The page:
Because I have gotten a bit behind on my posting I sifted through all of my notes for the films to refresh my memory. As I was reading the notes I was reminded of the passion I felt while watching the films and all the things I intended to do because of what I had learned. My first intention was to have a movie day with my sons and my niece. I particularly wanted my 15 year-old niece to watch “The Story of Stuff” and “Afluenza”. She is a stereotypical teenage girl who thinks entirely too much about clothes and accessories and her fickle tastes encourage her to adhere to the throw-away mentality. I want her to be a part of the solution instead of the problem. But so far I have not started working on her education in responsible values and understanding the importance of the future being bigger than next week's school dance. I tell myself that I would have had the movie day if I had not been working with my son on his Eagle project every minute that I was not working on school assignments and the basic necessities of living (laundry, dishes, doctor's appointments...) for the past few weeks. But life is always going to be busy for some reason and the time for guiding teenagers and changing the destructive path of our society is limited.It was good to be reminded of some of the basics of how life works. The theme song from “The Lion King” keeps running through my head as I think of the information the film shared. It does come down to simply keeping the circle going, not letting things (and the planet) end up in the landfill.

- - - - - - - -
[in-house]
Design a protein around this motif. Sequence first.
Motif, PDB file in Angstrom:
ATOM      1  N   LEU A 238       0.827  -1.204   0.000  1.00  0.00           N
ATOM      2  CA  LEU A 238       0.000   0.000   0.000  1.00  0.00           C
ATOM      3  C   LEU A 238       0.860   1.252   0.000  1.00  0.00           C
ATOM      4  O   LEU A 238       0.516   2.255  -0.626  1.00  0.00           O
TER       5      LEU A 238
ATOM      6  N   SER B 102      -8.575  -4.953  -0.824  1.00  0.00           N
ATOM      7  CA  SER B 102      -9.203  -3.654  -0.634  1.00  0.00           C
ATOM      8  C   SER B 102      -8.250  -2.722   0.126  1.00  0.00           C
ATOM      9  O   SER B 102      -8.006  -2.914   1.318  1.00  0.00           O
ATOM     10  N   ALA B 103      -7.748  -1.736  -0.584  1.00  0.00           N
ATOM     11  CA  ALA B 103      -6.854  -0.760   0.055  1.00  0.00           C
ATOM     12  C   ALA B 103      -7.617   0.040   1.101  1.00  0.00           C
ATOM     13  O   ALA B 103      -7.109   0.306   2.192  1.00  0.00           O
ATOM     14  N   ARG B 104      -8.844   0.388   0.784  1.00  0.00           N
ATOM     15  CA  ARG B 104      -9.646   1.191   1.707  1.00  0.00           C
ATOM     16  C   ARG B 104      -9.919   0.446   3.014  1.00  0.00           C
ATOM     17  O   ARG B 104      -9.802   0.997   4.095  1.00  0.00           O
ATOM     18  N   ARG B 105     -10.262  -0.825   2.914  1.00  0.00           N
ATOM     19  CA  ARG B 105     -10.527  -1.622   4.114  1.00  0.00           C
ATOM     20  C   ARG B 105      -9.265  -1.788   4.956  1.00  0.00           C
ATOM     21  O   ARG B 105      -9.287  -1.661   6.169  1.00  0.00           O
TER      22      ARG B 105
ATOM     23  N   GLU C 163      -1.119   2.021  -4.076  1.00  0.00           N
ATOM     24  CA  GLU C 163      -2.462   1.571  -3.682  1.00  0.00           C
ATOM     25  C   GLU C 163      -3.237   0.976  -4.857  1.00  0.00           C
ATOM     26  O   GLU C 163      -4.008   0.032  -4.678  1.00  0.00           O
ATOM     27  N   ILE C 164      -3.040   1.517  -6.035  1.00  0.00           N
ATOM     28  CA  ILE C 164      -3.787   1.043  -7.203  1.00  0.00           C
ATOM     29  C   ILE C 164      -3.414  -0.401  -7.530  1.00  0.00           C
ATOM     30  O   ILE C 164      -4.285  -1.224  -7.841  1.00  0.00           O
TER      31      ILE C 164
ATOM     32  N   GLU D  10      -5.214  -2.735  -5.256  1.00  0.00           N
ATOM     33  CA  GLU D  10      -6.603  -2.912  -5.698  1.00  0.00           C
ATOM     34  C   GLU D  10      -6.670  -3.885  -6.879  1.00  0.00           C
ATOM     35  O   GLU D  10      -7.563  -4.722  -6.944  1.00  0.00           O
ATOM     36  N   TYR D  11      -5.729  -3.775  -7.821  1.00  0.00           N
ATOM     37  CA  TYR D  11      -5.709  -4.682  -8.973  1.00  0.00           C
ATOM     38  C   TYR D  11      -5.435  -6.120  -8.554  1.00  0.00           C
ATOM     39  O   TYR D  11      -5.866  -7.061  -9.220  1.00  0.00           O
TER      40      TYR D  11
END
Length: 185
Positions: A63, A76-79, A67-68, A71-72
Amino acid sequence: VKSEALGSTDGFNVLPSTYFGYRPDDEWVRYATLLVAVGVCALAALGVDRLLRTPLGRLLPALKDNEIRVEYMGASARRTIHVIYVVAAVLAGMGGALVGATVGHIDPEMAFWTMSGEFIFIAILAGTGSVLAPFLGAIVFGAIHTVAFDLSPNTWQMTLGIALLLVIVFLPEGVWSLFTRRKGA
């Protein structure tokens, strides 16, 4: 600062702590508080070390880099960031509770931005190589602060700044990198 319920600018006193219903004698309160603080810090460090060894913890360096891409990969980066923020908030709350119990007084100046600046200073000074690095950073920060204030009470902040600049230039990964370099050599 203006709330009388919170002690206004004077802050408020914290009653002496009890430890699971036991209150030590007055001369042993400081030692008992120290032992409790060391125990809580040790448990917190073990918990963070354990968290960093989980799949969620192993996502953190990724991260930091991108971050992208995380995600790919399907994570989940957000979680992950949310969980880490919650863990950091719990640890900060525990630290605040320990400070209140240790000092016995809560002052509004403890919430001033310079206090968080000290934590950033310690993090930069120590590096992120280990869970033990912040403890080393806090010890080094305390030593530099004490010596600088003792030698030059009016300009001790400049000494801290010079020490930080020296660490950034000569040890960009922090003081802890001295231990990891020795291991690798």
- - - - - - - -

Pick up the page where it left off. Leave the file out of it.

The explanation of sustainability and also the solutions that provides in this movie is very interesting. The fact that looking at the nature and mimic what it does is close to biomimicry. Based on what this film suggests, one of the solutions to have a sustainable system is creating close loops, the same as what is going on in nature. To me, it looks like a game, it is like one of my childhood games that we had to connect all the dots on the paper and whoever could make a close loop sooner was the winner of the game. The key point for winning was looking at the whole page and find the best. It is somehow similar to what we’ve learnt about sustainability which we have to look at the problem holistically. The close loop is about having diversity in the system and create a system which can support itself. This film mentions to some interesting points that show that we need to change our point of view and look at things differently: the way that they explained about serendipity and chaos, and how even chaos is necessary for the natural system and sustainability. Also, when the gentleman says the best way of access is to be there already, or look at the local material as a precious thing. Therefore, as we discussed before in the class, it is just the matter of the way we think and approach design, if we have the nature as the source of our inspiration, then we can create good design, which is sustainable design.